The reason for this is that, eventually, their bodies start to develop a higher tolerance for alcohol, so they need to drink more and more to achieve the same effects. This also starts to lead to a dependence on alcohol.

Stages of Alcoholism 3: Drinking Becomes a Problem

At this stage of alcoholism, the person’s drinking habit starts to lead to problems that affect their behavior, family health, social life and livelihood. Their friends and family may say something about their drinking habit, which can lead to relationship issues. A boss or employer may also realize how dangerous the alcoholics’ new habits are and remove him or her from their job.

The drinker may seek out other problem drinkers and start socializing with these new friends while ending current friendships and relationships to protect their alcohol abuse. They may find they are drinking to the point that they are getting sick all the time or suffering from other issues with their mental health and sleep, but continue anyway because they like the effects of alcohol use more than they dislike the aftereffects and bad feelings the next morning.

It is also not uncommon for problem drinkers to get into trouble with the police. They may be arrested and charged with a DUI or for public intoxication. Gradually, drinking becomes a psychological escape and coping mechanism for everyday issues.

Stages of Alcoholism 4: Dependence on Alcohol

It is important to understand that someone can have a psychological dependence on alcohol but not yet have an addiction. Dependence is where the person is aware that their drinking has become a problem. They also are aware of the negative effects that drinking alcohol is having on their life.

However, they have lost control over their drinking and can no longer regulate how much they consume the way they once could. Rather than cut back to spare themselves from serious health conditions, they drink more and more to achieve the desired effects. Another common sign of alcohol abuse is that the drinker experiences alcohol withdrawal when they go for long periods of time without drinking.

When they stop drinking, they will be craving alcohol almost irresistibly. They can feel nauseated; have a headache; experience chills, tremors, and uncontrolled sweating; be irritable, and have elevated blood pressure and insomnia. Family and others can detect the smell of alcohol on the dependent drinker, as the body attempts alcohol detox when they aren’t drinking.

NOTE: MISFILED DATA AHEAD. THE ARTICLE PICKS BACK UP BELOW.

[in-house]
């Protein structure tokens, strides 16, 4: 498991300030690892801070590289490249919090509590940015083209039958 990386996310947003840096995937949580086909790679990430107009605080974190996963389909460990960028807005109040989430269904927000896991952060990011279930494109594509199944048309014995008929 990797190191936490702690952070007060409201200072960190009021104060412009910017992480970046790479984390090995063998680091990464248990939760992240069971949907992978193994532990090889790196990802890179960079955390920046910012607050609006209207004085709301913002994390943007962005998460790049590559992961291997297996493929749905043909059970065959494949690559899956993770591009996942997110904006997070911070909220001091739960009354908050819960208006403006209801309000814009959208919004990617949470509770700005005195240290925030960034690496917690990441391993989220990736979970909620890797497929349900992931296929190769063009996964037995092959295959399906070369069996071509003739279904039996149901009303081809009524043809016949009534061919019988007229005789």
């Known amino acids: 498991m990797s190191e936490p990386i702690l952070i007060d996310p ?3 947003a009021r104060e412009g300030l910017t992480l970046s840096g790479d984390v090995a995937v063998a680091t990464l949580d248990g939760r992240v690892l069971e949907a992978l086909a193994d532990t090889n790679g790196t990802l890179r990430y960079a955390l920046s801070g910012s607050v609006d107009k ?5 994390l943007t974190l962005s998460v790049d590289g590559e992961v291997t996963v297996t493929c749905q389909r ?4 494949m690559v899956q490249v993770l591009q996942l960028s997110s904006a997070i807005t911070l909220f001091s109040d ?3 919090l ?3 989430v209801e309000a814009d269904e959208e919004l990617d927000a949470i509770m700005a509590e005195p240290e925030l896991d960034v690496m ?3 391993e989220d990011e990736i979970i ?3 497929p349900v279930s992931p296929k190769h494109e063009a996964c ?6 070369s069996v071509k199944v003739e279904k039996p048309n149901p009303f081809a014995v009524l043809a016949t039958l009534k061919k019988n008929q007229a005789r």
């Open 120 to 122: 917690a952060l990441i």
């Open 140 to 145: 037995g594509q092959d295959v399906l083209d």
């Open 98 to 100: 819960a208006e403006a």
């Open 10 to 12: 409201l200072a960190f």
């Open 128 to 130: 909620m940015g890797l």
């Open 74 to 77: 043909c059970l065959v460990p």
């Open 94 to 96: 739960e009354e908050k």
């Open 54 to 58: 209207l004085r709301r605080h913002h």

Stages of Alcoholism 5: Addiction to Alcohol

Stressed out businessman drinking whiskey

This is the first stage of alcoholism. Dependence has led them to the full-blown illness of alcohol addiction. At this point, the disease has become so serious that rehab or treatment is probably a good choice if someone wants to get in recovery from their alcohol use disorder.

In some cases, the person may appear like they are functioning normally even though they are drinking almost constantly. These “functional alcoholics” tend to not have any problems at work or school or while taking care of other daily routines, and are able to keep up with their job and other obligations and play a meaningful role in their community and family despite their alcohol abuse.

But a secret world of alcohol abuse lurks behind their picture perfect charade. They may start their day off with a drink to give them a boost of energy. They might then enjoy several more drinks at lunch. Many people in this stage of alcoholism feel like their alcohol abuse allows them to function better and to think more clearly even though it is destroying their physical as well as mental health.

However, internally, the body is changing for the worse. The liver is working harder to break down alcohol, which could lead to major liver damage and eventually to even more serious health conditions, such as cirrhosis of the liver. Stomach problems like alcoholic gastritis may also negatively impact physical health, with symptoms like nausea and vomiting. In the brain, chemical imbalances caused by alcohol are being counteracted with increased neural activity and brain functioning, further worsening any pre-existing mental health disorders. If a rehab or treatment program is not sought as soon as possible, these health problems will only continue to worsen.

Due to an increase in alcohol tolerance, the person no longer appears intoxicated or exhibits other signs of drinking. Despite their problem drinking, people in this stage often do not think that they actually have a drinking problem, and they will become hostile and defensive if anyone brings it up.

Stages of Alcoholism 6: Middle-Stage Addiction

Now, alcoholism has advanced to the middle-stage, which is when the craving for alcohol becomes extraordinarily strong. The person is no longer drinking for fun or socialization. They are drinking to avoid the symptoms of alcohol withdrawal and alcohol detox.

The alcoholic will plan their day around when they can drink. They even will start skipping meals because they don’t want food filling them up, as it slows the effects of alcohol by delaying its digestion and dispersement into the blood. Socially, they will continue to drink even when their friends stop, or start drinking before anyone else in their group.

It is not uncommon for the middle-stage alcoholic to go to the bar after work and stay there drinking until it closes, seemingly reveling in their alcohol abuse. Plus, some people will start to experience blackouts where they don’t remember what they did for several hours or longer.

Their alcohol drinking problem starts to become noticeable to others at this stage. Performance at work and school starts to decline, as the alcoholic only cares about drinking. The person will show up at work or school already intoxicated.